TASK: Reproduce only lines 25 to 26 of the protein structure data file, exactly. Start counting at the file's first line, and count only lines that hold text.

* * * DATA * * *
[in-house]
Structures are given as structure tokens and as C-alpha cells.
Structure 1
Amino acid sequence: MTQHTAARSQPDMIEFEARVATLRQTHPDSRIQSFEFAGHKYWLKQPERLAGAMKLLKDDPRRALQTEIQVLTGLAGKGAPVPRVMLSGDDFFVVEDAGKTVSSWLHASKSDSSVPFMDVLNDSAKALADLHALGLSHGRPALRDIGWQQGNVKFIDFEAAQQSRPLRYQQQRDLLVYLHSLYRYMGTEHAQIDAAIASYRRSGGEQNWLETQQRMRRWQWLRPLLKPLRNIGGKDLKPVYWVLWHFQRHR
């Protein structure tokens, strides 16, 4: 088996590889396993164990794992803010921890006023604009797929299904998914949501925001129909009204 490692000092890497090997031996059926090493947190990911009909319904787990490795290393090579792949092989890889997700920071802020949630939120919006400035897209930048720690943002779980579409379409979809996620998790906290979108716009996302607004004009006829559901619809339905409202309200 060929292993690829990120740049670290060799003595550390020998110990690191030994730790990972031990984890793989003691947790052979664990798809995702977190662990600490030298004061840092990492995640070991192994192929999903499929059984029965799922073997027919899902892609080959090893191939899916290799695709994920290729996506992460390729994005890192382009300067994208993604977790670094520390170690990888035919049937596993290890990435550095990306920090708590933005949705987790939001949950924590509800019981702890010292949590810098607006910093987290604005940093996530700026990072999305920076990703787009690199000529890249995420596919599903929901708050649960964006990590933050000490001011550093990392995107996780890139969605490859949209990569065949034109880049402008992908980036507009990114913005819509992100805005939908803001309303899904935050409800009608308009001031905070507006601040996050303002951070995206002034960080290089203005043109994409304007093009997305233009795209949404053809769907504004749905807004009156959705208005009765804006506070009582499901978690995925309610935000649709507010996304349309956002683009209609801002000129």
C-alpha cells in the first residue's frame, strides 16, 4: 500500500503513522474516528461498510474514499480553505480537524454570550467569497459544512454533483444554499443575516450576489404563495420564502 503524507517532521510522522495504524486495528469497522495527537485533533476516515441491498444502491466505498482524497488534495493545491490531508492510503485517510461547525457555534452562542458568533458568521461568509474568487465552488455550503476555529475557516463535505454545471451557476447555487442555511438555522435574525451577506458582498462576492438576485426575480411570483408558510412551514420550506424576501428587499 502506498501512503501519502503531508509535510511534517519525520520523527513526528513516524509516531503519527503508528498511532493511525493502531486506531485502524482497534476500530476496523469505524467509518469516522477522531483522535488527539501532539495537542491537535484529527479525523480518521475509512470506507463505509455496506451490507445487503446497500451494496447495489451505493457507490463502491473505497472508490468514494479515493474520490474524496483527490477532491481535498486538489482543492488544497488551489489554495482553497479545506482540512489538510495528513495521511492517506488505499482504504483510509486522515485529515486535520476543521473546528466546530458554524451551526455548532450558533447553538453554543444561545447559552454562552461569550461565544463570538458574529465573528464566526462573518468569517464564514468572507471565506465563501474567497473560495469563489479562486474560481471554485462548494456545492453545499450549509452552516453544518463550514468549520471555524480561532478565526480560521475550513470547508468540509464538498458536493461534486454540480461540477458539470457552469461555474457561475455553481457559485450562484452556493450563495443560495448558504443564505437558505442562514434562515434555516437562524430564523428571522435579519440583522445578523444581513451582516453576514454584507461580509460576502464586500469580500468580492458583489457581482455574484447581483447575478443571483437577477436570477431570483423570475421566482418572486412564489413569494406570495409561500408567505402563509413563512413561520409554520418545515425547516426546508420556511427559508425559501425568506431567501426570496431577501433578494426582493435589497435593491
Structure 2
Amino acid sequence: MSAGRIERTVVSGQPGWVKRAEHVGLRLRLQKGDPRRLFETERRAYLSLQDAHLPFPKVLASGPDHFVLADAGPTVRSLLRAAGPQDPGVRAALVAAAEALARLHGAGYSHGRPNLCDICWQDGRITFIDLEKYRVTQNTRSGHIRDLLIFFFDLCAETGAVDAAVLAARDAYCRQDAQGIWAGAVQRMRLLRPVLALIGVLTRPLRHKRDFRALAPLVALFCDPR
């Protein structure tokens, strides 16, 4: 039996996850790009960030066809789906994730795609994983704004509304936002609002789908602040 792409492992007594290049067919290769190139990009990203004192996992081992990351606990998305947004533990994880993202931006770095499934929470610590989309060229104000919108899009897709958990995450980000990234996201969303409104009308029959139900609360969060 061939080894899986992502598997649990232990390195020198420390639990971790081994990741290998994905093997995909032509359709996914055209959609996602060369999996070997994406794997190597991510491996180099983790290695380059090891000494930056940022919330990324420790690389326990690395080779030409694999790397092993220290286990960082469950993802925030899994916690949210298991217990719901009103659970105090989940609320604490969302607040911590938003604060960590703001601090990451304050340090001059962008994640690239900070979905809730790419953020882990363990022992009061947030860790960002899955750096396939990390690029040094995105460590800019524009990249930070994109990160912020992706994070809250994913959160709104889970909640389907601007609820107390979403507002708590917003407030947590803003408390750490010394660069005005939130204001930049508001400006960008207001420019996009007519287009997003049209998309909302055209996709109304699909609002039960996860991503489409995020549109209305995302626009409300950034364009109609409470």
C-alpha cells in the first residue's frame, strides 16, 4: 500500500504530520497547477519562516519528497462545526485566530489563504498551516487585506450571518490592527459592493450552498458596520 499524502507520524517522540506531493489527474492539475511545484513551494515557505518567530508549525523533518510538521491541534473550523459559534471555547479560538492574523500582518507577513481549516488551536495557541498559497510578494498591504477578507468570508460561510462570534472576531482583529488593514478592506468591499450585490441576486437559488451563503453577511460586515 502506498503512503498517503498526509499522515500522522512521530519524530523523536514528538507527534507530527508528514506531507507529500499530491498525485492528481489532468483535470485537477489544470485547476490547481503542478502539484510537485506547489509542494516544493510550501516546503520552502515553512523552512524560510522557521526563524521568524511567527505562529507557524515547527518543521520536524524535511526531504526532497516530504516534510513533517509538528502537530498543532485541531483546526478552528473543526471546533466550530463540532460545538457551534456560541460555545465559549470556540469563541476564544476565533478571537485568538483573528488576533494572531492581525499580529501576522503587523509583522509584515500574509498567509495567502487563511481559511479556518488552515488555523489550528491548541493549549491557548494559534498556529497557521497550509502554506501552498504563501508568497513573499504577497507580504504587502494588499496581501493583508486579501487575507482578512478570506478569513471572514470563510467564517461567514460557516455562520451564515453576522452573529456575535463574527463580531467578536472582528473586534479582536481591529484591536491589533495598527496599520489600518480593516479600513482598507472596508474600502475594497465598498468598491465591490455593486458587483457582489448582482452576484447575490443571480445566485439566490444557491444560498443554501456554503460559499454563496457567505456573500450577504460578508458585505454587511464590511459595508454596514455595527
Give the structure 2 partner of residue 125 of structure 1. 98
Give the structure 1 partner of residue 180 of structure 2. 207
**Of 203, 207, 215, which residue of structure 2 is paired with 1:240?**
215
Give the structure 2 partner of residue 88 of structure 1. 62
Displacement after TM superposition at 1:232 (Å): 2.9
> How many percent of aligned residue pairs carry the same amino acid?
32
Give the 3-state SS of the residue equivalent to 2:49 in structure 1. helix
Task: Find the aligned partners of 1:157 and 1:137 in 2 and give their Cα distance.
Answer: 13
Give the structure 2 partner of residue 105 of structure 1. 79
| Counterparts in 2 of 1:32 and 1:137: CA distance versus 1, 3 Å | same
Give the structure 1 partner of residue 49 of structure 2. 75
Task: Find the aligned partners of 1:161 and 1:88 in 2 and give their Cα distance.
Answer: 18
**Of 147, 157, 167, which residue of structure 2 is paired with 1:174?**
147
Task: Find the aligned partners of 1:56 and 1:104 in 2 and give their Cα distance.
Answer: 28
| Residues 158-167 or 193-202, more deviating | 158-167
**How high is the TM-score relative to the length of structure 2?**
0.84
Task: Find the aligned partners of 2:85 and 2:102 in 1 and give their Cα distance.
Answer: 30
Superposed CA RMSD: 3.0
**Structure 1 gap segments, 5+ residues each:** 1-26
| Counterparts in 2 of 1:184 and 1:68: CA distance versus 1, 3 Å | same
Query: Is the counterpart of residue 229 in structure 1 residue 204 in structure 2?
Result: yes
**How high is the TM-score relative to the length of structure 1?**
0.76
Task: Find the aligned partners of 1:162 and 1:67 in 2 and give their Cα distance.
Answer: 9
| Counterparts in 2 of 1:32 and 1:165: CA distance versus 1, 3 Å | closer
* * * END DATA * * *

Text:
Task: Find the aligned partners of 1:161 and 1:88 in 2 and give their Cα distance.
Answer: 18